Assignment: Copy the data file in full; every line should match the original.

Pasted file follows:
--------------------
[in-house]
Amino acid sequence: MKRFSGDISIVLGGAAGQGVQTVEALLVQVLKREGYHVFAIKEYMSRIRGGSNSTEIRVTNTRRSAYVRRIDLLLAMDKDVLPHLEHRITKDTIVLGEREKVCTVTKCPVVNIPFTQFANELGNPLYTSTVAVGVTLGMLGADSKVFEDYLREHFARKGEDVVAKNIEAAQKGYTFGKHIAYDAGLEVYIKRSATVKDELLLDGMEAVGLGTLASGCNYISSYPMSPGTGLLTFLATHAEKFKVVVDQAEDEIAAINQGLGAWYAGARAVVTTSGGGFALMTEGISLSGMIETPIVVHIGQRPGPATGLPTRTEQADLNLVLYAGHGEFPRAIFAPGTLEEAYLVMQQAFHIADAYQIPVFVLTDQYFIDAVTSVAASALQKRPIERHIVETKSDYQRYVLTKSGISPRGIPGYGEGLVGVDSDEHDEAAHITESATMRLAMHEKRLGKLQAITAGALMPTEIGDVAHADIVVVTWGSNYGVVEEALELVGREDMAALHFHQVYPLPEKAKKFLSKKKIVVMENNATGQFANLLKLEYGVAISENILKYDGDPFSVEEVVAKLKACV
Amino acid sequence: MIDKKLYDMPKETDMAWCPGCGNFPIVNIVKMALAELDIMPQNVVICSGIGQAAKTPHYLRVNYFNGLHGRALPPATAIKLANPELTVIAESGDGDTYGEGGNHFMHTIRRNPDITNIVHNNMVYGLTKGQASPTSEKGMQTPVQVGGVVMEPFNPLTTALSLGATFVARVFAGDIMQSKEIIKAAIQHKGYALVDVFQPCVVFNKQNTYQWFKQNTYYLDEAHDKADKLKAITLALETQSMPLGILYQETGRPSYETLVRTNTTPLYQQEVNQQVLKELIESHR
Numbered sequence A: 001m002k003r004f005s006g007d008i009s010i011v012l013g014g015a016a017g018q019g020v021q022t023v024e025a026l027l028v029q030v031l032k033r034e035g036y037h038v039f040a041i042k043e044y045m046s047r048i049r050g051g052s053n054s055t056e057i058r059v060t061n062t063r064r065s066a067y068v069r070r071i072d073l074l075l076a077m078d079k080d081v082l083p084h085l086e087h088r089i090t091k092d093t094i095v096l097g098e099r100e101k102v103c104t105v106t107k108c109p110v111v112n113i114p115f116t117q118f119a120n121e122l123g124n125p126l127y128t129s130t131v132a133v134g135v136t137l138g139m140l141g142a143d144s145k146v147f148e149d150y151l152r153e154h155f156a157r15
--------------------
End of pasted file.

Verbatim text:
[in-house]
Amino acid sequence: MKRFSGDISIVLGGAAGQGVQTVEALLVQVLKREGYHVFAIKEYMSRIRGGSNSTEIRVTNTRRSAYVRRIDLLLAMDKDVLPHLEHRITKDTIVLGEREKVCTVTKCPVVNIPFTQFANELGNPLYTSTVAVGVTLGMLGADSKVFEDYLREHFARKGEDVVAKNIEAAQKGYTFGKHIAYDAGLEVYIKRSATVKDELLLDGMEAVGLGTLASGCNYISSYPMSPGTGLLTFLATHAEKFKVVVDQAEDEIAAINQGLGAWYAGARAVVTTSGGGFALMTEGISLSGMIETPIVVHIGQRPGPATGLPTRTEQADLNLVLYAGHGEFPRAIFAPGTLEEAYLVMQQAFHIADAYQIPVFVLTDQYFIDAVTSVAASALQKRPIERHIVETKSDYQRYVLTKSGISPRGIPGYGEGLVGVDSDEHDEAAHITESATMRLAMHEKRLGKLQAITAGALMPTEIGDVAHADIVVVTWGSNYGVVEEALELVGREDMAALHFHQVYPLPEKAKKFLSKKKIVVMENNATGQFANLLKLEYGVAISENILKYDGDPFSVEEVVAKLKACV
Amino acid sequence: MIDKKLYDMPKETDMAWCPGCGNFPIVNIVKMALAELDIMPQNVVICSGIGQAAKTPHYLRVNYFNGLHGRALPPATAIKLANPELTVIAESGDGDTYGEGGNHFMHTIRRNPDITNIVHNNMVYGLTKGQASPTSEKGMQTPVQVGGVVMEPFNPLTTALSLGATFVARVFAGDIMQSKEIIKAAIQHKGYALVDVFQPCVVFNKQNTYQWFKQNTYYLDEAHDKADKLKAITLALETQSMPLGILYQETGRPSYETLVRTNTTPLYQQEVNQQVLKELIESHR
Numbered sequence A: 001m002k003r004f005s006g007d008i009s010i011v012l013g014g015a016a017g018q019g020v021q022t023v024e025a026l027l028v029q030v031l032k033r034e035g036y037h038v039f040a041i042k043e044y045m046s047r048i049r050g051g052s053n054s055t056e057i058r059v060t061n062t063r064r065s066a067y068v069r070r071i072d073l074l075l076a077m078d079k080d081v082l083p084h085l086e087h088r089i090t091k092d093t094i095v096l097g098e099r100e101k102v103c104t105v106t107k108c109p110v111v112n113i114p115f116t117q118f119a120n121e122l123g124n125p126l127y128t129s130t131v132a133v134g135v136t137l138g139m140l141g142a143d144s145k146v147f148e149d150y151l152r153e154h155f156a157r15